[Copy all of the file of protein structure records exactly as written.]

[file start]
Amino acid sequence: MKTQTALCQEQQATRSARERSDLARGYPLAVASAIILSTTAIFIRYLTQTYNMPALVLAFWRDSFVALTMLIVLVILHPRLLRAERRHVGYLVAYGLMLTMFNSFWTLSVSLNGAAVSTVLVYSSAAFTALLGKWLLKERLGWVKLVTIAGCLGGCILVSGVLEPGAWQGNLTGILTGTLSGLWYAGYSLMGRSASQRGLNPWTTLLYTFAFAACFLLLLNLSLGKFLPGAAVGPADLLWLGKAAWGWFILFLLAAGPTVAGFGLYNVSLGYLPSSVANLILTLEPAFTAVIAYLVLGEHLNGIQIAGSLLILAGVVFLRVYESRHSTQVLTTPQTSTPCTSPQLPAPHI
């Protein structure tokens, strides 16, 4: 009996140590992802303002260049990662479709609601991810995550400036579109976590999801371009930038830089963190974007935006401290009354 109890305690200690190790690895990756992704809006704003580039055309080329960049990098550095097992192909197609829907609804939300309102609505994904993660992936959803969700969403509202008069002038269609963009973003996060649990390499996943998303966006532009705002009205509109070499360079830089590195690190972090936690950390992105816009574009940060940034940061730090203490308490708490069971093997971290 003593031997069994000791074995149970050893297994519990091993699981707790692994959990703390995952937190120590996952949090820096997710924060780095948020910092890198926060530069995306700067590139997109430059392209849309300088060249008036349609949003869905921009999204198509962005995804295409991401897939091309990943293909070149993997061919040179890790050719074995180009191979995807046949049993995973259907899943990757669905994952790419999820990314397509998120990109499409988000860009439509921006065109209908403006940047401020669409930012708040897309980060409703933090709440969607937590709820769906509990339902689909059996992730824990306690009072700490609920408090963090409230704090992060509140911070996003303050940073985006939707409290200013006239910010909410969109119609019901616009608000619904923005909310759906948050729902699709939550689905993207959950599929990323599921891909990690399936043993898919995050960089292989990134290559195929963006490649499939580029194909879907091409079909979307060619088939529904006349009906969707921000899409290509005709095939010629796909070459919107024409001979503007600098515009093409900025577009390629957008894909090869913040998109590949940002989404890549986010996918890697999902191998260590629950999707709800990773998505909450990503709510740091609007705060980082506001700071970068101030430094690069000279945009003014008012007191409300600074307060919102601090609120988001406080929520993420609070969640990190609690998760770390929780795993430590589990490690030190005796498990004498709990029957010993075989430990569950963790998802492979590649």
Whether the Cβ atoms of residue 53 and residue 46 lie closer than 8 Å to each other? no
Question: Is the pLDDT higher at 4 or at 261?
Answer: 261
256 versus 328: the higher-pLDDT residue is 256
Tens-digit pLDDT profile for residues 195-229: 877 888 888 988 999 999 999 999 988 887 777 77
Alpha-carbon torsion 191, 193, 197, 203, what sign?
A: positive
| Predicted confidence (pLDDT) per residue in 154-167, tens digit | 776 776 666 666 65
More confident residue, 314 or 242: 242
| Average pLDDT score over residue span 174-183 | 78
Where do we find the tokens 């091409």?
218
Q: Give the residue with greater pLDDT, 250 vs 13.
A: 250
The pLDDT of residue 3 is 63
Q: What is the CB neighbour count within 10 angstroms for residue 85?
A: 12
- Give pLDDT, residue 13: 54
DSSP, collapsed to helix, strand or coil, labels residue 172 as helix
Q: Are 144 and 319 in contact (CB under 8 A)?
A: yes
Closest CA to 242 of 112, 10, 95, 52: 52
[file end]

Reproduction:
Amino acid sequence: MKTQTALCQEQQATRSARERSDLARGYPLAVASAIILSTTAIFIRYLTQTYNMPALVLAFWRDSFVALTMLIVLVILHPRLLRAERRHVGYLVAYGLMLTMFNSFWTLSVSLNGAAVSTVLVYSSAAFTALLGKWLLKERLGWVKLVTIAGCLGGCILVSGVLEPGAWQGNLTGILTGTLSGLWYAGYSLMGRSASQRGLNPWTTLLYTFAFAACFLLLLNLSLGKFLPGAAVGPADLLWLGKAAWGWFILFLLAAGPTVAGFGLYNVSLGYLPSSVANLILTLEPAFTAVIAYLVLGEHLNGIQIAGSLLILAGVVFLRVYESRHSTQVLTTPQTSTPCTSPQLPAPHI
């Protein structure tokens, strides 16, 4: 009996140590992802303002260049990662479709609601991810995550400036579109976590999801371009930038830089963190974007935006401290009354 109890305690200690190790690895990756992704809006704003580039055309080329960049990098550095097992192909197609829907609804939300309102609505994904993660992936959803969700969403509202008069002038269609963009973003996060649990390499996943998303966006532009705002009205509109070499360079830089590195690190972090936690950390992105816009574009940060940034940061730090203490308490708490069971093997971290 003593031997069994000791074995149970050893297994519990091993699981707790692994959990703390995952937190120590996952949090820096997710924060780095948020910092890198926060530069995306700067590139997109430059392209849309300088060249008036349609949003869905921009999204198509962005995804295409991401897939091309990943293909070149993997061919040179890790050719074995180009191979995807046949049993995973259907899943990757669905994952790419999820990314397509998120990109499409988000860009439509921006065109209908403006940047401020669409930012708040897309980060409703933090709440969607937590709820769906509990339902689909059996992730824990306690009072700490609920408090963090409230704090992060509140911070996003303050940073985006939707409290200013006239910010909410969109119609019901616009608000619904923005909310759906948050729902699709939550689905993207959950599929990323599921891909990690399936043993898919995050960089292989990134290559195929963006490649499939580029194909879907091409079909979307060619088939529904006349009906969707921000899409290509005709095939010629796909070459919107024409001979503007600098515009093409900025577009390629957008894909090869913040998109590949940002989404890549986010996918890697999902191998260590629950999707709800990773998505909450990503709510740091609007705060980082506001700071970068101030430094690069000279945009003014008012007191409300600074307060919102601090609120988001406080929520993420609070969640990190609690998760770390929780795993430590589990490690030190005796498990004498709990029957010993075989430990569950963790998802492979590649």
Whether the Cβ atoms of residue 53 and residue 46 lie closer than 8 Å to each other? no
Question: Is the pLDDT higher at 4 or at 261?
Answer: 261
256 versus 328: the higher-pLDDT residue is 256
Tens-digit pLDDT profile for residues 195-229: 877 888 888 988 999 999 999 999 988 887 777 77
Alpha-carbon torsion 191, 193, 197, 203, what sign?
A: positive
| Predicted confidence (pLDDT) per residue in 154-167, tens digit | 776 776 666 666 65
More confident residue, 314 or 242: 242
| Average pLDDT score over residue span 174-183 | 78
Where do we find the tokens 């091409």?
218
Q: Give the residue with greater pLDDT, 250 vs 13.
A: 250
The pLDDT of residue 3 is 63
Q: What is the CB neighbour count within 10 angstroms for residue 85?
A: 12
- Give pLDDT, residue 13: 54
DSSP, collapsed to helix, strand or coil, labels residue 172 as helix
Q: Are 144 and 319 in contact (CB under 8 A)?
A: yes
Closest CA to 242 of 112, 10, 95, 52: 52